As Andrew, no doubt, does as well, for those who may still be trying to figure this out.

      • David Rogers says

        While we’re at it, I can chime in and say that my dad was known, on occasion, to quote from the pulpit that sinister Calvinist conspiracist Charles H. Spurgeon.

        • says

          David: When I read about your saying that your dad was known on occasion to quote from the pulpit that sinister Calvinist conspiracist Charles H. Spurgeon, it caught me happily by surprise. I actually laughed out loud. Thank you. I am reminded of the fact that there are always marvelous inconsistencies in our lives. Whitefield and Wesley are two such examples. What gets me is how those who tend to the human side will produce those who tend to the Sovereignty side, and vice versa. Satire is close kin to irony, the latter certainly being one of the subtletest forms of language.

      • says

        David,

        I wonder how I would feel if someone pulled my dad into an issue he didn’t involve himself with. Thanks for being positive.

        And for the record, I absolutely endorse both TGP and What Every Christian Ought to Know (even though I disagreed with the part about foreknowledge and predestination ;-)). I believe I saw something on Lifeway’s website indicating a new edition of What Every Christian Ought to Know was coming out this September. Glad to see it!

          • David Rogers says

            CB,

            Are you referring to the TV movie, to Pirates World amusement park in Denia, Florida, or to something else?

          • cb scott says

            David Rogers,

            I gave you the wrong name. It is Pirate’s World. Is it still in business?

          • David Rogers says

            CB,

            I don’t think it is in business anymore, but we went there one time as a family when I was in elementary school. It was a lot of fun. I think my dad mentioned it in a sermon illustration one time. Is that where you are thinking I would remember it?

          • cb scott says

            That is correct, David. He mentioned your being there in a sermon.

            BTW, it was/is a good sermon and so is the book in question in Andrew’s post.

          • says

            We just ran out of the liquid creamer, so if you stop by tonight, you’ll have to settle for the powdered stuff (or 2% milk). If you are ever in or near Indianapolis, give me a holler.

          • David Rogers says

            Actually, I’d prefer a good Spanish cortado. We might have to meet in Madrid for that.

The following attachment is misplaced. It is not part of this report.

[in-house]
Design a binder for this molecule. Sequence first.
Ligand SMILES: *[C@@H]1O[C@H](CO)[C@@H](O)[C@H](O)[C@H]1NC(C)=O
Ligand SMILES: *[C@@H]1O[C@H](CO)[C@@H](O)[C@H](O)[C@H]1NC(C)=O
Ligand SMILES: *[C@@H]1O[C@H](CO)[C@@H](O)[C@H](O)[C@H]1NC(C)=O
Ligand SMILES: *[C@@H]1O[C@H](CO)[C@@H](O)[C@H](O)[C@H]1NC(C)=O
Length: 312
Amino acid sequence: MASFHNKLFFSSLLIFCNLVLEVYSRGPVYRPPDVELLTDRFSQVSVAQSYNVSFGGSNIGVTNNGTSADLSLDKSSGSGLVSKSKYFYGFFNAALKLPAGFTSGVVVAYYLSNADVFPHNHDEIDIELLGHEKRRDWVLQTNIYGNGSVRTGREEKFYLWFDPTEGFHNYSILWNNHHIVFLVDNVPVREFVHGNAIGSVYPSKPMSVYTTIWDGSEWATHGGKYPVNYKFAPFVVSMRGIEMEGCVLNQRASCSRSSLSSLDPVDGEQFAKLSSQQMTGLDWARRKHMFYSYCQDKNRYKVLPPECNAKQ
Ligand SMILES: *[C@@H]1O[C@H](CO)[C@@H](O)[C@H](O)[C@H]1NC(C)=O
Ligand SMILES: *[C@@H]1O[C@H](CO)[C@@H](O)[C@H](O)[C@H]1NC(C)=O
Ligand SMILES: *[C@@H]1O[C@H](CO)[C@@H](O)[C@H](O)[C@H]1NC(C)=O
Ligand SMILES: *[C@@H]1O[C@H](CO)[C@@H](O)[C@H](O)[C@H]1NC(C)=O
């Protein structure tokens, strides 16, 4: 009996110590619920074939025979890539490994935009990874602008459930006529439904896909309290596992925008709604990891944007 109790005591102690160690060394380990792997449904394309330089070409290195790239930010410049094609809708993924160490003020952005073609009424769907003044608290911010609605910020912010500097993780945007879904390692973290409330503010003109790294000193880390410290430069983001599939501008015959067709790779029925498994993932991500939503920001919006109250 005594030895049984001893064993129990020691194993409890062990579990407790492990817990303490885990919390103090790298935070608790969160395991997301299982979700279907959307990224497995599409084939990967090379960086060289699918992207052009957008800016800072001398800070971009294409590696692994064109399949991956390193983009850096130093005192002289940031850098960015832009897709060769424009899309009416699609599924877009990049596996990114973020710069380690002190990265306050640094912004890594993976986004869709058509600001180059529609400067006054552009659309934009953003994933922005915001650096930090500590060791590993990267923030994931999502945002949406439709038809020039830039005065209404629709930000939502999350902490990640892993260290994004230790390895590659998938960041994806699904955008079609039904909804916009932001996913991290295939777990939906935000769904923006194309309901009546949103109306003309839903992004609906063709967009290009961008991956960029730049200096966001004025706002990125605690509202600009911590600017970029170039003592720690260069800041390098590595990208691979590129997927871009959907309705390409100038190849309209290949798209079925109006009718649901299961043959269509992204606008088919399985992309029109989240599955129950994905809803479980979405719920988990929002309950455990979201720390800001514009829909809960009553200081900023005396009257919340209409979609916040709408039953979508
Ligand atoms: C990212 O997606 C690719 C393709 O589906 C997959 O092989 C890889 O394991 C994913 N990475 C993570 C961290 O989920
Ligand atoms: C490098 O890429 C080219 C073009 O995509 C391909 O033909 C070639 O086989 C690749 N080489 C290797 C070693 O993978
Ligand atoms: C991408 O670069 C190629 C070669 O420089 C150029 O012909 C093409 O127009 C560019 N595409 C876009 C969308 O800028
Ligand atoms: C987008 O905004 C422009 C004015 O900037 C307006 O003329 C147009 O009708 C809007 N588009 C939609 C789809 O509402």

• Debbie Kaufman says

        Daniel: He is simply replying to the SBCToday post concerning supposed Calvinist statements in the Gospel project. He is showing(and I believe rightly so) how ridiculous those arguments SBCToday gave are. That post is still up too. I doubt it’s going anywhere.

  3. Rick Patrick says

    While Dr. Rogers’ volume is complete, TGP is a work in progress. Thus, we can summarize the full content of the former, but are forced to draw conclusions from a mere sampling of the latter.

    In three years, when the last period has been placed on TGP, and we can fully evaluate the material produced by this predominantly reformed cast, we will only then be able to make an informed evaluation as to Calvinistic bias.

    When reviewing a book, read the whole book. When reviewing a movie, watch the whole movie. When reviewing a three-year curriculum, read the entire curriculum. Until then, the jury is out.

    Nice satire, though, Andrew. I rather appreciate its literary usefulness.

    • says

      “In three years, when the last period has been placed on TGP, and we can fully evaluate the material produced by this predominantly reformed cast, we will only then be able to make an informed evaluation as to Calvinistic bias.”

      Meanwhile, people will continue to attack it for the indoctrination and propaganda it doesn’t contain but might some day contain…?

      • Rick Patrick says

        The primary criticisms have centered on the imbalance of the theological positions held by the creative team, with the reasonable deduction that their Calvinism is bound to be expressed in their writing.

        One of the two lessons I’ve read discussed Total Depravity from a perspective that leaned toward Total Inability as well, rather than the view of many Traditionalists that our Depravity does not render us unable to respond freely.